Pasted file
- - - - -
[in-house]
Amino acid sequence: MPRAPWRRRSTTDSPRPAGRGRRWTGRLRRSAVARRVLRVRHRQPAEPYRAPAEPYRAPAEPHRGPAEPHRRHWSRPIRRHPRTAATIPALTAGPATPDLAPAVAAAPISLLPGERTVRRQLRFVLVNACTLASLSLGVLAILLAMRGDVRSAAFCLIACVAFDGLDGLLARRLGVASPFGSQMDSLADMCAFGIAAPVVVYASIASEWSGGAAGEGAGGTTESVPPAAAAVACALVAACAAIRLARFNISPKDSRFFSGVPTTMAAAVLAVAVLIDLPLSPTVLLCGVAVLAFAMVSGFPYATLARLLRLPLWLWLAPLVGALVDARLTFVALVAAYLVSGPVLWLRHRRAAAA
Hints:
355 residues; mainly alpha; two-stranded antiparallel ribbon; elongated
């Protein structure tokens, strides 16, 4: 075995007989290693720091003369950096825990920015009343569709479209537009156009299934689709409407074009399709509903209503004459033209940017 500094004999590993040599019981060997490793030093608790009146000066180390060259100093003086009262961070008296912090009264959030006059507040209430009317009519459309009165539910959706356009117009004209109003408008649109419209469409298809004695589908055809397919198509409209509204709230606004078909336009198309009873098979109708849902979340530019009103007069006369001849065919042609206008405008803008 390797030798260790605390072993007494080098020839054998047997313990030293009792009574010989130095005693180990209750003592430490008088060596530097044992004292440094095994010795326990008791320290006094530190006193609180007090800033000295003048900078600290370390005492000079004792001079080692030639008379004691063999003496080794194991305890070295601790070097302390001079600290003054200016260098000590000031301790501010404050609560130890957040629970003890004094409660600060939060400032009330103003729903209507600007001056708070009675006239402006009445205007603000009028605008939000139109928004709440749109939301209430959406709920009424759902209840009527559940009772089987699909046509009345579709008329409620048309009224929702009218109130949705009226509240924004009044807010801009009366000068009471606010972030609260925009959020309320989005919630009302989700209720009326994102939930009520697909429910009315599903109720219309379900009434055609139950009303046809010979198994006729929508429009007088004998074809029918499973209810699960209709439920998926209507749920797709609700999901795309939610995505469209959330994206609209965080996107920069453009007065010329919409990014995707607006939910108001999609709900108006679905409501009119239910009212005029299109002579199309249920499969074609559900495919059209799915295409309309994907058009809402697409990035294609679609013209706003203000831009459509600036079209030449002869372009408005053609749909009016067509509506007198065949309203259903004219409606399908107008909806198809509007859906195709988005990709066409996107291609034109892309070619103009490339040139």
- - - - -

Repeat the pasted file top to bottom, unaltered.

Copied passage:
[in-house]
Amino acid sequence: MPRAPWRRRSTTDSPRPAGRGRRWTGRLRRSAVARRVLRVRHRQPAEPYRAPAEPYRAPAEPHRGPAEPHRRHWSRPIRRHPRTAATIPALTAGPATPDLAPAVAAAPISLLPGERTVRRQLRFVLVNACTLASLSLGVLAILLAMRGDVRSAAFCLIACVAFDGLDGLLARRLGVASPFGSQMDSLADMCAFGIAAPVVVYASIASEWSGGAAGEGAGGTTESVPPAAAAVACALVAACAAIRLARFNISPKDSRFFSGVPTTMAAAVLAVAVLIDLPLSPTVLLCGVAVLAFAMVSGFPYATLARLLRLPLWLWLAPLVGALVDARLTFVALVAAYLVSGPVLWLRHRRAAAA
Hints:
355 residues; mainly alpha; two-stranded antiparallel ribbon; elongated
């Protein structure tokens, strides 16, 4: 075995007989290693720091003369950096825990920015009343569709479209537009156009299934689709409407074009399709509903209503004459033209940017 500094004999590993040599019981060997490793030093608790009146000066180390060259100093003086009262961070008296912090009264959030006059507040209430009317009519459309009165539910959706356009117009004209109003408008649109419209469409298809004695589908055809397919198509409209509204709230606004078909336009198309009873098979109708849902979340530019009103007069006369001849065919042609206008405008803008 390797030798260790605390072993007494080098020839054998047997313990030293009792009574010989130095005693180990209750003592430490008088060596530097044992004292440094095994010795326990008791320290006094530190006193609180007090800033000295003048900078600290370390005492000079004792001079080692030639008379004691063999003496080794194991305890070295601790070097302390001079600290003054200016260098000590000031301790501010404050609560130890957040629970003890004094409660600060939060400032009330103003729903209507600007001056708070009675006239402006009445205007603000009028605008939000139109928004709440749109939301209430959406709920009424759902209840009527559940009772089987699909046509009345579709008329409620048309009224929702009218109130949705009226509240924004009044807010801009009366000068009471606010972030609260925009959020309320989005919630009302989700209720009326994102939930009520697909429910009315599903109720219309379900009434055609139950009303046809010979198994006729929508429009007088004998074809029918499973209810699960209709439920998926209507749920797709609700999901795309939610995505469209959330994206609209965080996107920069453009007065010329919409990014995707607006939910108001999609709900108006679905409501009119239910009212005029299109002579199309249920499969074609559900495919059209799915295409309309994907058009809402697409990035294609679609013209706003203000831009459509600036079209030449002869372009408005053609749909009016067509509506007198065949309203259903004219409606399908107008909806198809509007859906195709988005990709066409996107291609034109892309070619103009490339040139």